‘She’s family now’: Moroccan teenager welcomed to community, Park Center High

Moroccan exchange student Imane Chatri (front row, right) lived with the family of Amanda and Joe Hauck as part of the Ayusa Program’s YES Grant, and attended Park Center Senior High during her stay. Here, Chatri and the Hauck family visit the Science Museum of Minnesota in January 2017, wearing traditional Moroccan garb provided to the family by Chatri. (Photo courtesy of Amanda Hauck)

Despite political tensions flaring across the globe, one area family recently took it upon themselves to offer some American hospitality to an exchange student from halfway across the world.

Joe and Amanda Hauck, who live blocks away from Brooklyn Center in North Minneapolis, have offered their home to foreign exchange students via the national Ayusa Program’s YES Grant a number of times. The program allows students from predominantly Muslim countries to study in America while acting as an ambassador for their homeland.

“It was established so that relations between predominantly Muslim countries and America could continue the conversation that being Muslim doesn’t mean that you’re a terrorist,” said Amanda, who also serves as a representative for the program. “The idea is to have this grant available to students from predominantly Muslim countries. It doesn’t matter to the program, when the student applies, what their religion is.”

According to Amanda, only the top four percent of students who apply end up receiving the grant. But their latest exchange student, Moroccan 17-year-old Imane Chatri, may have been the most ambitious and motivated the family’s seen. After all, Imane has said that she wants to be the first female prime minister in Moroccan history.

“I was looking on the page where you look for students, and I wanted to have a sister instead of another brother,” laughed the Haucks’ daughter Savana. “I was looking at the girls, and I found one… and I showed Mom.”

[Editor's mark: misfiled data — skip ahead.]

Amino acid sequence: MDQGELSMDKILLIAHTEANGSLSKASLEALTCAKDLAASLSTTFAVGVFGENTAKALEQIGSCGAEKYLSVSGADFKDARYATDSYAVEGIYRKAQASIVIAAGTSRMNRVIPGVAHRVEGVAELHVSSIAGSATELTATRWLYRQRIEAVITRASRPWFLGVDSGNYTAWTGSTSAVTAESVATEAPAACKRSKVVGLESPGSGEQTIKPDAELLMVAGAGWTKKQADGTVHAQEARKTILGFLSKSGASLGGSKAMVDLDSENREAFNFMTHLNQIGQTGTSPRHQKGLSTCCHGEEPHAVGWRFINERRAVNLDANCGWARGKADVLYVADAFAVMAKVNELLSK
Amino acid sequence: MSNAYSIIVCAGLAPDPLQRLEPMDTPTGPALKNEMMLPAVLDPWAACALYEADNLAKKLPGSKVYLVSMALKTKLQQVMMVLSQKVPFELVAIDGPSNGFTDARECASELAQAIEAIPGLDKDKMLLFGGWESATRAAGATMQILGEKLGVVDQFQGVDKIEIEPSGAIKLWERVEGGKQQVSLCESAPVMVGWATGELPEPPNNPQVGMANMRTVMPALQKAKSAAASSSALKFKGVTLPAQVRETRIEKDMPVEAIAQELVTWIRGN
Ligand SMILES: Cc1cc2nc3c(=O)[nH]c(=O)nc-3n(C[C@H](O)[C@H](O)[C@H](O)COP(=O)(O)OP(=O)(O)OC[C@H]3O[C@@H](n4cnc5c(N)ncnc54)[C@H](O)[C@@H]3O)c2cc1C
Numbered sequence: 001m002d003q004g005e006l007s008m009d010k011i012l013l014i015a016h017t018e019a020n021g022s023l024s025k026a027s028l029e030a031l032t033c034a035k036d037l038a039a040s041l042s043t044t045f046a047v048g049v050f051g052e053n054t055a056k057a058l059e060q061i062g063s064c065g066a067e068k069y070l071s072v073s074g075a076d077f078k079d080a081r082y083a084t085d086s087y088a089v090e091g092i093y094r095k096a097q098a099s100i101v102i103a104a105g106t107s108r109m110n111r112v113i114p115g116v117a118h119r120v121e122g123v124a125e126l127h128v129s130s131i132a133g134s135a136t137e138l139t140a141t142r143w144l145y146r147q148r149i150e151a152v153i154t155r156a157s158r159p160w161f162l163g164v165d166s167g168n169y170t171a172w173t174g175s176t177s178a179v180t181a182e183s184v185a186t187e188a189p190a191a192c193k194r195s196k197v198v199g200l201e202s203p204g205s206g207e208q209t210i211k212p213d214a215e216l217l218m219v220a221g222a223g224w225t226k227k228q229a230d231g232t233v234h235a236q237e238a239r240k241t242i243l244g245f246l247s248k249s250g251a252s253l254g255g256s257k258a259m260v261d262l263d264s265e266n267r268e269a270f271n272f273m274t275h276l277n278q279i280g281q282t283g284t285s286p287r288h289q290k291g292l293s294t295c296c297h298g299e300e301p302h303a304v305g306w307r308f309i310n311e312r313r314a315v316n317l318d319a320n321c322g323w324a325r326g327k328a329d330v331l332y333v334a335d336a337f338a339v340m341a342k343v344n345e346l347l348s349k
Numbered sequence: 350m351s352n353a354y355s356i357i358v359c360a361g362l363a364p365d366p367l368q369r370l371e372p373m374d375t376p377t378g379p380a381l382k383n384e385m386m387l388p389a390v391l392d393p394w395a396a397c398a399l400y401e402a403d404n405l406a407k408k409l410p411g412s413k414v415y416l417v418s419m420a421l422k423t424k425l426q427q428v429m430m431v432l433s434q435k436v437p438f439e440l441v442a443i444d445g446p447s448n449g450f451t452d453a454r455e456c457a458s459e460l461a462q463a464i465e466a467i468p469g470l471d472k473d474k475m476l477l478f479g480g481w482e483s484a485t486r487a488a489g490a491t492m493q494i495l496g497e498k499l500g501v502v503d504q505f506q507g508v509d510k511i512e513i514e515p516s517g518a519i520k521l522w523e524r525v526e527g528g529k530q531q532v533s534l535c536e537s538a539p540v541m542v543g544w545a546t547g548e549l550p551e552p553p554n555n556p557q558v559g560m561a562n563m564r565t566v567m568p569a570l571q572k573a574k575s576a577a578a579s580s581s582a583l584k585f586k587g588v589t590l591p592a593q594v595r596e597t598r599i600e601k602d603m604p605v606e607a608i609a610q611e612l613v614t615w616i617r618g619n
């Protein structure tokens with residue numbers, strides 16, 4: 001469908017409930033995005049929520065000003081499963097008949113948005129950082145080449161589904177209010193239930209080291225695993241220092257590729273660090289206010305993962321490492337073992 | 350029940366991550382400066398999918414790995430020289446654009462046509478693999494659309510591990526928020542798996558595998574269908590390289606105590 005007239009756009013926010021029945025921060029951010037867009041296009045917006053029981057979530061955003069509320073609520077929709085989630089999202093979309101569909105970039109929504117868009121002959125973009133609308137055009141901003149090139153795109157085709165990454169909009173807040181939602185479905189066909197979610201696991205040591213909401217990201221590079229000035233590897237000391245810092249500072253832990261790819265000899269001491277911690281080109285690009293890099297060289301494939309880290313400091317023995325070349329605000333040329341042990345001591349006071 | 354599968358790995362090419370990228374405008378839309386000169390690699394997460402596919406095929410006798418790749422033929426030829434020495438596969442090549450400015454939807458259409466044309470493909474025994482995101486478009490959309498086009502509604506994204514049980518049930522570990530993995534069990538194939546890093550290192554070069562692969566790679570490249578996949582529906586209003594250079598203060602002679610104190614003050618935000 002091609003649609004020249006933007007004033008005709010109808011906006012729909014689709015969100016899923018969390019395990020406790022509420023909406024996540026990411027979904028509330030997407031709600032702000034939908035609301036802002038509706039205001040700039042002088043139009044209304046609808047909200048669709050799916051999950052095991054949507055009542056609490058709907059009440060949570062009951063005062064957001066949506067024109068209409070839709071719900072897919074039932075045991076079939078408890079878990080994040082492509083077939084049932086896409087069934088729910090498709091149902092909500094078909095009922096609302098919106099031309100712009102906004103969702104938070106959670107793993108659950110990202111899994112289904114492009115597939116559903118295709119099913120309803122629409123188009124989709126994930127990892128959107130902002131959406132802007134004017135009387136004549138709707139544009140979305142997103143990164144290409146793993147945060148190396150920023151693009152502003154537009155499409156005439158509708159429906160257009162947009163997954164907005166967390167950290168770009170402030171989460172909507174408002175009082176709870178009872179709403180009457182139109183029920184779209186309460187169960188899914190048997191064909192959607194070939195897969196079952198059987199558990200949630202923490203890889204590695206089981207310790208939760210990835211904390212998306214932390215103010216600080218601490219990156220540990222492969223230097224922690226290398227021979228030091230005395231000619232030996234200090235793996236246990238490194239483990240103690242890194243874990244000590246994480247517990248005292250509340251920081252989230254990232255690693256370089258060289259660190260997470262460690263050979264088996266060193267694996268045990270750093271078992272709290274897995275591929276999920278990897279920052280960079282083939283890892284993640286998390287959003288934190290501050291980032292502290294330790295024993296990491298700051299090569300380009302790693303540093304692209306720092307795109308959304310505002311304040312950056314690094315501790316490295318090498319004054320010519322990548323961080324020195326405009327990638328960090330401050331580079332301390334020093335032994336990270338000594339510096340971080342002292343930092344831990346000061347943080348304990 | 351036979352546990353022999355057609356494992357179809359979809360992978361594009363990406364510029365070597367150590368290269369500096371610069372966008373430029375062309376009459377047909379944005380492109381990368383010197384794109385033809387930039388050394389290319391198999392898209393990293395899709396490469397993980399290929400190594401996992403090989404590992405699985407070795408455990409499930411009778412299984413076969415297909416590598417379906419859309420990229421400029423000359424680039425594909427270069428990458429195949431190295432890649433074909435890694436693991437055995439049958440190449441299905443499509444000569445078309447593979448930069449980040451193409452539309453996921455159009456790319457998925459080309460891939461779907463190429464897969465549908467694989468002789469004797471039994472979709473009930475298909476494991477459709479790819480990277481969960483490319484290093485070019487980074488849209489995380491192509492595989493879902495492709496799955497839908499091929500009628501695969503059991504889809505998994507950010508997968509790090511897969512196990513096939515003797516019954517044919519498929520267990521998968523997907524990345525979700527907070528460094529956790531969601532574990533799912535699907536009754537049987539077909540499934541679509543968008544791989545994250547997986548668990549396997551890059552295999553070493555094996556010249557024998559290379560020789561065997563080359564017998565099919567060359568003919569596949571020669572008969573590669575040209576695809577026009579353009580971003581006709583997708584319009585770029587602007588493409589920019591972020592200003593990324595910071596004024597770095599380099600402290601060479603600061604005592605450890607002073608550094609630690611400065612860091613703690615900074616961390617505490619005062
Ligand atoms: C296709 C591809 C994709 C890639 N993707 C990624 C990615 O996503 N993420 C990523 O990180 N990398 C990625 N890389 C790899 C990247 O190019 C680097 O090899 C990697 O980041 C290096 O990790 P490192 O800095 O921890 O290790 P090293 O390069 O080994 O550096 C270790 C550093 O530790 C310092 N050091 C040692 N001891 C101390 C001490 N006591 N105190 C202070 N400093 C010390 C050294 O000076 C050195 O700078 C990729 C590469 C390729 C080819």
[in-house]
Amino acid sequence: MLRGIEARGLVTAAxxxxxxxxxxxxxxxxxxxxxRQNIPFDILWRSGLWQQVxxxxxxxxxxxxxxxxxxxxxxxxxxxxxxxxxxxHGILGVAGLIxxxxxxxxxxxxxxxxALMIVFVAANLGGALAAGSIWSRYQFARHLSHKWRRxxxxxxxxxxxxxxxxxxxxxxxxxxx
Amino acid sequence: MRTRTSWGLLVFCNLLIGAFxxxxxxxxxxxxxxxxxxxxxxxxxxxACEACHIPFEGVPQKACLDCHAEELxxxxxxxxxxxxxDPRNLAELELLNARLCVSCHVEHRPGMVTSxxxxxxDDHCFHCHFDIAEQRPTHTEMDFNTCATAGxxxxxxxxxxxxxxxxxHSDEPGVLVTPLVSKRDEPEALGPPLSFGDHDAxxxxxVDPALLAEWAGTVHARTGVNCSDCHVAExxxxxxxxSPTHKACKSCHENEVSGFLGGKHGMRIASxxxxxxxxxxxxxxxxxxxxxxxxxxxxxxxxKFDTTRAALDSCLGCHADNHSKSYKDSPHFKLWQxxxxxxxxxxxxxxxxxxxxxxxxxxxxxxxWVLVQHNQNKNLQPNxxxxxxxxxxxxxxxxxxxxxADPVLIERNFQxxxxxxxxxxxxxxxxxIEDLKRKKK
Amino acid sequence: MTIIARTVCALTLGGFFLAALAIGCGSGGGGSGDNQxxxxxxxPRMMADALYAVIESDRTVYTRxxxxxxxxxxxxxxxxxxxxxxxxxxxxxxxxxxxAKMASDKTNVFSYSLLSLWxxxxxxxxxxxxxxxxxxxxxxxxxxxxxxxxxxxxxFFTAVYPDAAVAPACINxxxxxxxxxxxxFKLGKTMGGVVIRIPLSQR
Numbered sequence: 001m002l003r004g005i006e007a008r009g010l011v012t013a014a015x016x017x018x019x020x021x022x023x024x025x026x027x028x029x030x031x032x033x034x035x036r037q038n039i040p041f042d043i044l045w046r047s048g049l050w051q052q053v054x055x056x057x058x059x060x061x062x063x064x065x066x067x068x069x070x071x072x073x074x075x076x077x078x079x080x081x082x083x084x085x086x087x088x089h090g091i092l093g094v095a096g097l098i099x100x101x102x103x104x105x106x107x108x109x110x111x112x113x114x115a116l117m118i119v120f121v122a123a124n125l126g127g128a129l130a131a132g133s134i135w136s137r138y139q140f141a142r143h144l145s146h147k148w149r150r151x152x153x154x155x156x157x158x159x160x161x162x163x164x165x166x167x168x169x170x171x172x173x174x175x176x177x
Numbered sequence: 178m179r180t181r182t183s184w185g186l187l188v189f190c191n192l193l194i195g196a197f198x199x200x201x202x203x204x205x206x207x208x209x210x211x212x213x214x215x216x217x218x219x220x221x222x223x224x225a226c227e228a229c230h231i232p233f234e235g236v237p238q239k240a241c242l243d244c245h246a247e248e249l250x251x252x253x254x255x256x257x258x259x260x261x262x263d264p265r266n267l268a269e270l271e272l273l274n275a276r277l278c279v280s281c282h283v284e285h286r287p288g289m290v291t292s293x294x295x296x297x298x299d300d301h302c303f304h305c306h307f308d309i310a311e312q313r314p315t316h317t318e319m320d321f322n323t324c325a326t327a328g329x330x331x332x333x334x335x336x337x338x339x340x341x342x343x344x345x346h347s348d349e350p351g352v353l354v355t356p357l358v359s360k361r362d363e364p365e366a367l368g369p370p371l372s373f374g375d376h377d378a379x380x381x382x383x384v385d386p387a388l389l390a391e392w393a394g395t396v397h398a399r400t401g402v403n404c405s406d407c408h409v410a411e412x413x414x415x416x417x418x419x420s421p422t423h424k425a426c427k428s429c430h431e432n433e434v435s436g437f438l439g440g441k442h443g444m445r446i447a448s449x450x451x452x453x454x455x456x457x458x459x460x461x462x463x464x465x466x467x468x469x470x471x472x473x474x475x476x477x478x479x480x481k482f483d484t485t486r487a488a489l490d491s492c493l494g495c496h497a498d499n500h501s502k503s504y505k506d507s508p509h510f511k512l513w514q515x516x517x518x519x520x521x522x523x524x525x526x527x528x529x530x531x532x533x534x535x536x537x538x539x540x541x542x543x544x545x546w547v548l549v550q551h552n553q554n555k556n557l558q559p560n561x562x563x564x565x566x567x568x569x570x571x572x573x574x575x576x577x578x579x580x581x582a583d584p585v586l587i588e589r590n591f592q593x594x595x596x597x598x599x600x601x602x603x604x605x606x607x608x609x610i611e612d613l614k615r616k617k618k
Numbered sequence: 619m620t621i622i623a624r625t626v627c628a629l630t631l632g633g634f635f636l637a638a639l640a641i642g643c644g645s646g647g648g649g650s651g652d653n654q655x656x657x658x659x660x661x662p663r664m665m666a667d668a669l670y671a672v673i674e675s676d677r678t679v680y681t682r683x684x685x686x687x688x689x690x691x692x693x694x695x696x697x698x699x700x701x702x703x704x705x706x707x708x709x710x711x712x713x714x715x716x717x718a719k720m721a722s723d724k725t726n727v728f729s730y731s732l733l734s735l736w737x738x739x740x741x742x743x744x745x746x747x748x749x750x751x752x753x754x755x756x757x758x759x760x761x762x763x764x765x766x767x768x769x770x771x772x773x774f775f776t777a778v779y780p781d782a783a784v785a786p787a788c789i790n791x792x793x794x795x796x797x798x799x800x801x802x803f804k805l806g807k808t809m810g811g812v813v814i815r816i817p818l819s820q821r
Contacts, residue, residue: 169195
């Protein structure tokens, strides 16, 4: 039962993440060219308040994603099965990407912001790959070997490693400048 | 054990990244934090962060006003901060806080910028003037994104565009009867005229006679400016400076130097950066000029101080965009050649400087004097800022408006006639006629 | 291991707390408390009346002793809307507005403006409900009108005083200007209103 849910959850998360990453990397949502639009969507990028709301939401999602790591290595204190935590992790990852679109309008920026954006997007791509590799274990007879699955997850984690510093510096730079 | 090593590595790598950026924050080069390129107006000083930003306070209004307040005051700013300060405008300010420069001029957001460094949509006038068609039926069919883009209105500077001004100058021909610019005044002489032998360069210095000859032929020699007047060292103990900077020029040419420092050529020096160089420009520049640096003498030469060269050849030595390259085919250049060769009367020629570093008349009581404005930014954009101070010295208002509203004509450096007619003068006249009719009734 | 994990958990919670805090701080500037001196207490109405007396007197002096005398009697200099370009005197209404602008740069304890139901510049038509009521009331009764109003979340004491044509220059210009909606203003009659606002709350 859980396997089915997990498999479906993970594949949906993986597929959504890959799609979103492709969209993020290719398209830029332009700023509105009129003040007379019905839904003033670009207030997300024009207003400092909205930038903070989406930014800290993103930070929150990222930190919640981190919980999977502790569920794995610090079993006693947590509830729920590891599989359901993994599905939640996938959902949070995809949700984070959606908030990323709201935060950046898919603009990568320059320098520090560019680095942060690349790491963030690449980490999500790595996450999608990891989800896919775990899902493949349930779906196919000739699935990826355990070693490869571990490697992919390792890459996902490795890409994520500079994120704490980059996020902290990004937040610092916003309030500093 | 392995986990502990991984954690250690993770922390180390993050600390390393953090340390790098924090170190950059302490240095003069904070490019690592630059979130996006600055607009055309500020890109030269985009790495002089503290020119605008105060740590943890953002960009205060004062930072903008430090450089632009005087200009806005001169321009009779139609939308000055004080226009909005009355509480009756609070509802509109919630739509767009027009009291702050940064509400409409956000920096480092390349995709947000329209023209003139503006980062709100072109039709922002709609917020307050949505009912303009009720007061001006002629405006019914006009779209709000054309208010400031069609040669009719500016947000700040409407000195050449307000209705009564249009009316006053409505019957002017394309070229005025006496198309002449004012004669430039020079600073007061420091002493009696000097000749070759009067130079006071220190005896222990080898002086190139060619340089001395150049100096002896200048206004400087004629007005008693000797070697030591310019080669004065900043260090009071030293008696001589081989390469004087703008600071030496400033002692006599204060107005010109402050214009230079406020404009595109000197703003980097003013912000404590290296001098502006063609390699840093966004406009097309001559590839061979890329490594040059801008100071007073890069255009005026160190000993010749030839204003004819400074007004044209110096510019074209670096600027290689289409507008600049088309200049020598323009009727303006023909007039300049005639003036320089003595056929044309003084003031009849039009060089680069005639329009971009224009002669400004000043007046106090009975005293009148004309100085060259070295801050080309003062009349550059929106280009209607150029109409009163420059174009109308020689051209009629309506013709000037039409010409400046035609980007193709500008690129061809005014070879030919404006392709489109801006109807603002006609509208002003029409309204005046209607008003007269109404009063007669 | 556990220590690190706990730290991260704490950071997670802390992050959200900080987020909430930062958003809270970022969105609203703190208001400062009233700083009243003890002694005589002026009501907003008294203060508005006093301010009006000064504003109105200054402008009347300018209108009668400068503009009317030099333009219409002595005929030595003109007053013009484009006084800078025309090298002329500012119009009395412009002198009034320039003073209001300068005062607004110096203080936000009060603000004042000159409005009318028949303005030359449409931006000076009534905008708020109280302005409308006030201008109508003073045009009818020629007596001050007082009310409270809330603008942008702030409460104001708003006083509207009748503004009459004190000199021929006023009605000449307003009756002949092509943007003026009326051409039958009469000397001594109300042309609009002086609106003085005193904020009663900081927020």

Imane, a Muslim who hails from Ksar El-Kebir, Morocco, was ultimately chosen and lived with the Haucks from August of last year until this June. Despite the obvious cultural differences between America and her home country, Imane warmed up to her host family very fast.

“What really surprised me about the U.S. is how accepting everyone was of me, how understanding and welcoming they were,” said Chatri in a message to the Sun Post. “I almost instantly felt like I belonged in Minnesota. My host family did their best to show me around and treated me like their daughter from day one, my friends never once made me feel like an outsider and were incredibly open to learning about my culture and background.”

Indeed, the Haucks have participated in the YES program partially as a means of educating themselves about cultures outside of their own.

“It’s a great learning experience for the kids, for our kids, and for us,” said Joe. “(It helps us) learn more about different lifestyles, countries, and hopefully tries to teach the (students) more about us.”

Chatri was enrolled at Park Center Senior High, where she immediately excelled in activities such as mock trial, debate, and DECA, where she ended up competing at the state level.